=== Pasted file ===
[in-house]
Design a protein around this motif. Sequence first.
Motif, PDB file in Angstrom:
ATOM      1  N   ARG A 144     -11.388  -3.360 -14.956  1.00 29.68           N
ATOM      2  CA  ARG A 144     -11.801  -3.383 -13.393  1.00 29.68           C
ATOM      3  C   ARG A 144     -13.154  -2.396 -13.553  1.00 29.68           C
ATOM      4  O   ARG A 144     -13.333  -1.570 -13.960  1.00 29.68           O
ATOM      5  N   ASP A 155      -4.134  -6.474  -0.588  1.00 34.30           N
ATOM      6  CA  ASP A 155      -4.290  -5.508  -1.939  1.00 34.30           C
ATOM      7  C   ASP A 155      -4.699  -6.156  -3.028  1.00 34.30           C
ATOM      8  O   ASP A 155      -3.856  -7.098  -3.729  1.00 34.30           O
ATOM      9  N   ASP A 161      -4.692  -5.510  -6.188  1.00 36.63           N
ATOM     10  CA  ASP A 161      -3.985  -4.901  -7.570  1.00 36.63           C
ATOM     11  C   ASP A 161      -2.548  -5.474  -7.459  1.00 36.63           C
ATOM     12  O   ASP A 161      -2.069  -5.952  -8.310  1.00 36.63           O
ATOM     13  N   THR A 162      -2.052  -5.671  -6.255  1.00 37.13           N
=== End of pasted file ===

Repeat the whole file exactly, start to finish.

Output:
[in-house]
Design a protein around this motif. Sequence first.
Motif, PDB file in Angstrom:
ATOM      1  N   ARG A 144     -11.388  -3.360 -14.956  1.00 29.68           N
ATOM      2  CA  ARG A 144     -11.801  -3.383 -13.393  1.00 29.68           C
ATOM      3  C   ARG A 144     -13.154  -2.396 -13.553  1.00 29.68           C
ATOM      4  O   ARG A 144     -13.333  -1.570 -13.960  1.00 29.68           O
ATOM      5  N   ASP A 155      -4.134  -6.474  -0.588  1.00 34.30           N
ATOM      6  CA  ASP A 155      -4.290  -5.508  -1.939  1.00 34.30           C
ATOM      7  C   ASP A 155      -4.699  -6.156  -3.028  1.00 34.30           C
ATOM      8  O   ASP A 155      -3.856  -7.098  -3.729  1.00 34.30           O
ATOM      9  N   ASP A 161      -4.692  -5.510  -6.188  1.00 36.63           N
ATOM     10  CA  ASP A 161      -3.985  -4.901  -7.570  1.00 36.63           C
ATOM     11  C   ASP A 161      -2.548  -5.474  -7.459  1.00 36.63           C
ATOM     12  O   ASP A 161      -2.069  -5.952  -8.310  1.00 36.63           O
ATOM     13  N   THR A 162      -2.052  -5.671  -6.255  1.00 37.13           N